Kamasi Washington takes jazz through time on The Epic

Conor Battles, Editor-in-Chief, Arts & Entertainments Editor

Let’s get the obvious out of the way: Kamasi Washington’s The Epic is three hours long. With that said, no other album this year passes by so quickly.

The Inglewood-born saxophonist blew his way into the public eye earlier this year as part of the quartet behind several different tracks on Kendrick Lamar’s superb To Pimp a Butterfly, and has assembled on The Epic a soundscape unlike anything else this year.

It’s nigh-impossible to listen to The Epic in its entirety in one go; I found myself having to set an early alarm one weekend morning and set aside some time to listen to the whole thing through, something few have the time or patience to do. In that regard, the album suffers simply by virtue of being too long to really appreciate. Fortunately, the LP is split into three separate “volumes,” each about an hour or so in length. The fact that The Epic essentially crams three albums’ worth of content into one release without ever sounding stale should serve as a testament to its quality.

Washington himself solos with the grace of a true virtuoso, venturing far enough off the beaten path of the rhythm section to come off as avant-garde, while remaining not quite so dissonant as to alienate the listener. His tenor work is from the school of traditional bebop, channeling Dexter Gordon’s habit of paraphrasing the rhythm without coming off as boring.

As a bandleader, Washington commands impeccable performances from genre heavyweights like percussionists Ronald Bruner Jr. and Tony Austin, keyboardist Brandon Coleman, and bass savant Thundercat. Additionally, excellent vocal arrangements from Dwight Trible and Patrice Quinn, particularly on tracks “Askim” and “Henrietta Our Hero,” add a melodic overtone that is a welcome break from the rest of the album’s frantic instrumentation.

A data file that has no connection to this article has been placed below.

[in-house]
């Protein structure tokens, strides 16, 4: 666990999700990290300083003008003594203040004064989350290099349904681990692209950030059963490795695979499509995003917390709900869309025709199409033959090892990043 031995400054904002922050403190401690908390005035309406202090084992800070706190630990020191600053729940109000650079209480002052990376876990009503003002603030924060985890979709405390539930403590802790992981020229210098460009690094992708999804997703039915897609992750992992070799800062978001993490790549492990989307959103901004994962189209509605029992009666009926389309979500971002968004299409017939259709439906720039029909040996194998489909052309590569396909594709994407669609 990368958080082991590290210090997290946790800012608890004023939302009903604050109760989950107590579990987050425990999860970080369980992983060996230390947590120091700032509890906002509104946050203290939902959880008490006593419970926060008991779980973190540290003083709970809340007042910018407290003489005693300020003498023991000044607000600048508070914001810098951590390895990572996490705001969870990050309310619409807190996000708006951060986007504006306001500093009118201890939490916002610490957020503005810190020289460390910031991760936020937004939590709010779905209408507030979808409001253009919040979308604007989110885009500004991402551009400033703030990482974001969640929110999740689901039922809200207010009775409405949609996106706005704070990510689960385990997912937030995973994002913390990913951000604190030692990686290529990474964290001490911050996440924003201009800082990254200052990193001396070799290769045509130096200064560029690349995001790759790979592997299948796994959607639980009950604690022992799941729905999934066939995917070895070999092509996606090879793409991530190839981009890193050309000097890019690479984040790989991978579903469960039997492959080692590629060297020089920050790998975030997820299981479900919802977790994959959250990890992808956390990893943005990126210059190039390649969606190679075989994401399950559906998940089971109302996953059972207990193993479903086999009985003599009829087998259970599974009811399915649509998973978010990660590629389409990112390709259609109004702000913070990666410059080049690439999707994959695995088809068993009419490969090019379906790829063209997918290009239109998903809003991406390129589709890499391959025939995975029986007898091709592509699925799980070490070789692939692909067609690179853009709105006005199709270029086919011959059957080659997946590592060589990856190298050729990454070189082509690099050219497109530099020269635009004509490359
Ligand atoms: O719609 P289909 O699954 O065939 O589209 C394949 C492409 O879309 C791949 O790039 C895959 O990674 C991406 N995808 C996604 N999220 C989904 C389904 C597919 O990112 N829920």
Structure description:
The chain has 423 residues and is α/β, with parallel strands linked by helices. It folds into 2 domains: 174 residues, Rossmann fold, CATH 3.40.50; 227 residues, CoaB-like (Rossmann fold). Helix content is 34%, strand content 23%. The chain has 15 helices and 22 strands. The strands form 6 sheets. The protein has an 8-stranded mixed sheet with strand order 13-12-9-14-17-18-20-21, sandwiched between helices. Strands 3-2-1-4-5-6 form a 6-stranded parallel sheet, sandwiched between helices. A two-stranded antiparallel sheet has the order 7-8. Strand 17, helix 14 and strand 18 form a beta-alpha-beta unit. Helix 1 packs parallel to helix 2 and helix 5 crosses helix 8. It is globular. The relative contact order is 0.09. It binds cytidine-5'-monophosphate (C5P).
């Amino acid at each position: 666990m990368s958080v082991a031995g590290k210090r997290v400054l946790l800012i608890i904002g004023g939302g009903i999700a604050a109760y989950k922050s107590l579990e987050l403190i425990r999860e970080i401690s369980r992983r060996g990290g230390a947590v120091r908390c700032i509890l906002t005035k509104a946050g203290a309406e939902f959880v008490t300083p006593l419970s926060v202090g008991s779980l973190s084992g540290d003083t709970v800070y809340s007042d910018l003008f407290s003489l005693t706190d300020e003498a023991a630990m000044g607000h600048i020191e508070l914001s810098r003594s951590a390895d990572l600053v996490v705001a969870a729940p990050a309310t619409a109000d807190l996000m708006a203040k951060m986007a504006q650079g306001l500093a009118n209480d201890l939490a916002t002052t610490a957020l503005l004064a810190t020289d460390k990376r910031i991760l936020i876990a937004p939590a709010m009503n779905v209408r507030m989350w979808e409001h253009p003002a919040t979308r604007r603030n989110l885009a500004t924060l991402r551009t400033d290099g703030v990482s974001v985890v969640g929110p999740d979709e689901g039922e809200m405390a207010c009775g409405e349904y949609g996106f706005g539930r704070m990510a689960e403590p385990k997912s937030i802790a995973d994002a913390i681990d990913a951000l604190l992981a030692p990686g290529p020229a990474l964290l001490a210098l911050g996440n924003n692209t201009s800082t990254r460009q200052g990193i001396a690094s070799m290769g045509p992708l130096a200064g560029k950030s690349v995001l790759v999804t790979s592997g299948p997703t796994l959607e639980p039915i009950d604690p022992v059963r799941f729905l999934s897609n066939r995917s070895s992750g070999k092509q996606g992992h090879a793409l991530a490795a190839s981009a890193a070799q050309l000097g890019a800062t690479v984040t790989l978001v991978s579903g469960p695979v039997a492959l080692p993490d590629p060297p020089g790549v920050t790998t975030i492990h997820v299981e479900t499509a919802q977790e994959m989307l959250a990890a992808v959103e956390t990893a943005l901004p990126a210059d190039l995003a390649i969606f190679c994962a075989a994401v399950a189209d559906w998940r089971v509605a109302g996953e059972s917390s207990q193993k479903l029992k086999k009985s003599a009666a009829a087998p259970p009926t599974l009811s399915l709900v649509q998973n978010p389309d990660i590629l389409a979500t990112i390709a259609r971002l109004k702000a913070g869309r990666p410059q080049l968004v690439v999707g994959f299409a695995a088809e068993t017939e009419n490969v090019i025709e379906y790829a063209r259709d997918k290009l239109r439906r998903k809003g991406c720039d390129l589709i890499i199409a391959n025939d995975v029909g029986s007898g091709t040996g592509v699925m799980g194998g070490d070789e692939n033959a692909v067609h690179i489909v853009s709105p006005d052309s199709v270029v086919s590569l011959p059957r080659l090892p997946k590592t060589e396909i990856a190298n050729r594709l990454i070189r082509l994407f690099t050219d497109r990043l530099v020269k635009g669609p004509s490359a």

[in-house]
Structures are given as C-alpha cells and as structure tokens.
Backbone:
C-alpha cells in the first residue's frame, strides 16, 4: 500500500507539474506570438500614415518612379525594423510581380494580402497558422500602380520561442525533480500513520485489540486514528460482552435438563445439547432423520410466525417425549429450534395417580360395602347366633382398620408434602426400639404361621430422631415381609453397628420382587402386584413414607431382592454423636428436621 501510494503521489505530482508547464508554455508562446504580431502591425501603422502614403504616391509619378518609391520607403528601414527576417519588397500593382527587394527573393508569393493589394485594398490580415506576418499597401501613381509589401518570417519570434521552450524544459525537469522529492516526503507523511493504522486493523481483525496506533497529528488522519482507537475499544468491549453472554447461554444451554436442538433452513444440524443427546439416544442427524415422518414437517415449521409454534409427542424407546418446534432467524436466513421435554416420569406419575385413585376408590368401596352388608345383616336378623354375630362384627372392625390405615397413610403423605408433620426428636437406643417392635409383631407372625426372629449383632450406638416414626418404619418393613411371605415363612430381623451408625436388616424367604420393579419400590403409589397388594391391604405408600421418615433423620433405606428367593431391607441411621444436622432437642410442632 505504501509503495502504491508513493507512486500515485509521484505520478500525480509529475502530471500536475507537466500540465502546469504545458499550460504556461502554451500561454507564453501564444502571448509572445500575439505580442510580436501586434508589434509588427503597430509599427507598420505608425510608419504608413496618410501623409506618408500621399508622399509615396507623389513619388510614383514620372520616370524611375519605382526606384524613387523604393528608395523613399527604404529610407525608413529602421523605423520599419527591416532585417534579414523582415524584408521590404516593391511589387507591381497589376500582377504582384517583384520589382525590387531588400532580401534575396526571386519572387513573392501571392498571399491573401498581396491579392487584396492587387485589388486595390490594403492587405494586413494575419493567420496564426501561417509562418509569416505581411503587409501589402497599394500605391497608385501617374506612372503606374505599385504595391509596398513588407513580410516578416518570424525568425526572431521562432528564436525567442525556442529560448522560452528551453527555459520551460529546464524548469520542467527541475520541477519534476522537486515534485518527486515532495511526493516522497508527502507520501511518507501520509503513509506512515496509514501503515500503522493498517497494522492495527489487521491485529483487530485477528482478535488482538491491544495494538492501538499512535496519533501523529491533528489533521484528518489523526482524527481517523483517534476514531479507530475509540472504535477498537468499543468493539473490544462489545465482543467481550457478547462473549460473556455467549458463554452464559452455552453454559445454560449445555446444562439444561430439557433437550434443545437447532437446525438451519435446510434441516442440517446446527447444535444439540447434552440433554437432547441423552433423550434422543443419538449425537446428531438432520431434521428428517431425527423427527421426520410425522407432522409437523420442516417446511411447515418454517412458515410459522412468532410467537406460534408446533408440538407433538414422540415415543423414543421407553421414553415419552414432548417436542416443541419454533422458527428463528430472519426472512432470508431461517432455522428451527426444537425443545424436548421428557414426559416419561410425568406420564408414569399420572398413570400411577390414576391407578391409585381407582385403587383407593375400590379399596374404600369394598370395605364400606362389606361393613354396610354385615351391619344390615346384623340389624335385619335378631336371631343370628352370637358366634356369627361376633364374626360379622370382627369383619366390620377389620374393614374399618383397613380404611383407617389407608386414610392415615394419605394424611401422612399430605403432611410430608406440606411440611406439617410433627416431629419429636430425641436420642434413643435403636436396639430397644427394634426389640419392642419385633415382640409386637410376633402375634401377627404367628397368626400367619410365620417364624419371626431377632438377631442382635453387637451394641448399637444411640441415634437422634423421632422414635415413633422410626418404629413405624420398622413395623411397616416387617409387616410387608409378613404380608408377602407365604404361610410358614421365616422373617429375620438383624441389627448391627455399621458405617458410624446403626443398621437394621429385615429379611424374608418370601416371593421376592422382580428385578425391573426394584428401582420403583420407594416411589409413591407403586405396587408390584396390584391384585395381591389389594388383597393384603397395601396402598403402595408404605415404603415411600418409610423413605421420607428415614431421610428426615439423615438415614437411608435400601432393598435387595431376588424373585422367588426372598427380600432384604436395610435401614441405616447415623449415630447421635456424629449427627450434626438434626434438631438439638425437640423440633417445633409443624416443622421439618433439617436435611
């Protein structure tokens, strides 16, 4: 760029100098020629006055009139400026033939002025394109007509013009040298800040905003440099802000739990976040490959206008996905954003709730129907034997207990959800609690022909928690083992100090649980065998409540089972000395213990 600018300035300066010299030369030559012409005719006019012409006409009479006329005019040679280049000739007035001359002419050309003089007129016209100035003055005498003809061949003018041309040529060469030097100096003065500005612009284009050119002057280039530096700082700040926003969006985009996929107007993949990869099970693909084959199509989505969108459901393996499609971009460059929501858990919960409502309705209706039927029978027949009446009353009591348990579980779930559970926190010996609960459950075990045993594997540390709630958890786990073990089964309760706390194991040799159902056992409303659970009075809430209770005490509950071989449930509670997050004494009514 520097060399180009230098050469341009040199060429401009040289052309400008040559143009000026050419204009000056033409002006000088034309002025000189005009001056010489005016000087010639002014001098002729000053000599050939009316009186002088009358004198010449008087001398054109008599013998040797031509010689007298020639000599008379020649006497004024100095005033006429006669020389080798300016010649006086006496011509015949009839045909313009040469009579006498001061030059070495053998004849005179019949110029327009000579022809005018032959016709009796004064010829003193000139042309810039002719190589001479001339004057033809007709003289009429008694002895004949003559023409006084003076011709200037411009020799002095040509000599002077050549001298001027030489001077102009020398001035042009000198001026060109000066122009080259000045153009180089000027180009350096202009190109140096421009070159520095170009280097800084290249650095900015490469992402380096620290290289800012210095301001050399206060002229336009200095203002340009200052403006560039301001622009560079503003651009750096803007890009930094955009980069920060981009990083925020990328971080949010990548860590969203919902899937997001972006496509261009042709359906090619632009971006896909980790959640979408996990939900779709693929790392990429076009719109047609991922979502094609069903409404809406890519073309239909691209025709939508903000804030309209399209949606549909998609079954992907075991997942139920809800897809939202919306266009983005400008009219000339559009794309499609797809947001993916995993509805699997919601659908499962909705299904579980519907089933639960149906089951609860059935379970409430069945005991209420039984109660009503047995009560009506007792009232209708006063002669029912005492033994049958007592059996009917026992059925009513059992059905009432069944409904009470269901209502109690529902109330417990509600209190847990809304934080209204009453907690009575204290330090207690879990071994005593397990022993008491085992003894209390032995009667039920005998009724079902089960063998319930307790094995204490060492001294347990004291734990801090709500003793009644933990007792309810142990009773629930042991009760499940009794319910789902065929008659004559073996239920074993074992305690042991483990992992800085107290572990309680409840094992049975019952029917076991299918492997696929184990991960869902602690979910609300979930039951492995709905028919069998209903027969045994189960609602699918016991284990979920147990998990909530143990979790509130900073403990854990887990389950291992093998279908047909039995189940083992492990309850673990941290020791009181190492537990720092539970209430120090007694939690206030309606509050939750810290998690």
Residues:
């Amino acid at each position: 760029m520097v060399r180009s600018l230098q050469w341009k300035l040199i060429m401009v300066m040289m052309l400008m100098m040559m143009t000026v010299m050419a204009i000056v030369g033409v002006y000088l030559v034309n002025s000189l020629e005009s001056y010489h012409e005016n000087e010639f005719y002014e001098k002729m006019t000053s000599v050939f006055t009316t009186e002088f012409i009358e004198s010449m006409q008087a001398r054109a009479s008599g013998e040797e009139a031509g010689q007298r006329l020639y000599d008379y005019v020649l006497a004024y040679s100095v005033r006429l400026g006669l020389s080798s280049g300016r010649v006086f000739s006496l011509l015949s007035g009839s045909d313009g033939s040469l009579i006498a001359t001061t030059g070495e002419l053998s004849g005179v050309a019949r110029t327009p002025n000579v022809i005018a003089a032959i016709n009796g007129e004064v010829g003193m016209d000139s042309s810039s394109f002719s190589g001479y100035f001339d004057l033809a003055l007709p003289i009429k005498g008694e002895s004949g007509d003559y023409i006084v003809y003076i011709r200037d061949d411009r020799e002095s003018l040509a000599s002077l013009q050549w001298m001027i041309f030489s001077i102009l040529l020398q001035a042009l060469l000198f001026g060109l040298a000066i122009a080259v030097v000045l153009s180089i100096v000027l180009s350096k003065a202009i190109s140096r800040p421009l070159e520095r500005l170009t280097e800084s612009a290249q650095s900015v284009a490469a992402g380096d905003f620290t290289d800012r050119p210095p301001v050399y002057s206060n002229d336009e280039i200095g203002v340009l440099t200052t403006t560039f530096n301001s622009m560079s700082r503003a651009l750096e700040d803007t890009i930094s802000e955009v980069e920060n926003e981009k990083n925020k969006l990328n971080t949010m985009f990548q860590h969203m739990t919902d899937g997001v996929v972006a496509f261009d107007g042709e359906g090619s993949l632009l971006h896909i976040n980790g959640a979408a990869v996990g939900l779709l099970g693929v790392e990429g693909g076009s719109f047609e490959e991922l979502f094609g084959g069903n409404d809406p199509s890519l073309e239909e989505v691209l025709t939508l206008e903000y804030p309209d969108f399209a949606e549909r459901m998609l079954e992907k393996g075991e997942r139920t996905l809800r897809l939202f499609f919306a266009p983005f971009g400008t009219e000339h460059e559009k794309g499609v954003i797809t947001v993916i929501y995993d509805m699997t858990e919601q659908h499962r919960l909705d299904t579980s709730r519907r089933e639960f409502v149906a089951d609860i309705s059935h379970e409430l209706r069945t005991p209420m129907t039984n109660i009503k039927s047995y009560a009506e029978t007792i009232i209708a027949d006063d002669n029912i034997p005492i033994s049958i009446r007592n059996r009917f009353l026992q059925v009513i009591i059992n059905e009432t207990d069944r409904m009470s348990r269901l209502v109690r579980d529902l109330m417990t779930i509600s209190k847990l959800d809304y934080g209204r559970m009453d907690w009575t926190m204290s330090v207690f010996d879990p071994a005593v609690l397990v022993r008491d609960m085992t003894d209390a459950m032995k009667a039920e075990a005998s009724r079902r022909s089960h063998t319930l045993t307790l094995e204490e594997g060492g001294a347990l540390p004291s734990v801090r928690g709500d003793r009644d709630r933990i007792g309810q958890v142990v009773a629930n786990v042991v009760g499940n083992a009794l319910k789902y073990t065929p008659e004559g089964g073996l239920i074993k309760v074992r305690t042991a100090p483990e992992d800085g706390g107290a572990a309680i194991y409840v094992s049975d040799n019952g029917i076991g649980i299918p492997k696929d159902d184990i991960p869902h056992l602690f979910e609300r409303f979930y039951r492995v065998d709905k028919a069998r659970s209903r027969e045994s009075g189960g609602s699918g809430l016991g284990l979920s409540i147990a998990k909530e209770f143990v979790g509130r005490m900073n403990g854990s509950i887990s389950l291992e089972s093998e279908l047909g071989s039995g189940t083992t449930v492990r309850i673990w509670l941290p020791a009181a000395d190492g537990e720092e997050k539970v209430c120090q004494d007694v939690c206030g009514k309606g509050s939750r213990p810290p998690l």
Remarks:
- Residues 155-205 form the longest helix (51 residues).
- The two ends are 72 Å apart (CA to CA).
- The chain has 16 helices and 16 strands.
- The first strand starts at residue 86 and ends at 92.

Perhaps the most endearing thing about The Epic  is its accessibility. Those totally unfamiliar with jazz can find in The Epic a solid introduction to the genre that gives much more than a requisite crash course in bop and modal jazz over its mammoth length. That being said, there is plenty here for longtime jazz aficionados to appreciate as well. It seems Washington has put together the best crowd-pleaser of a jazz album possible in 2015.

While grounded in the trappings of classic bebop and West Coast smooth jazz, Washington manages to break new ground on the album, blending the traditional with the subversive. Funky, Parliament-esque bass work, reggae-tinged drumlines, and spacey organ work find their way all over The Epic, giving a classic-sounding album a fascinating futuristic feel that gives jazz a much-needed breath of fresh air.

Over its indelible three hours, The Epic manages to live up to its name in both sheer scope and quality. Kamasi Washington has strung together an unforgettable LP that serves a staunch reminder that not only is jazz not dead; it’s evolving.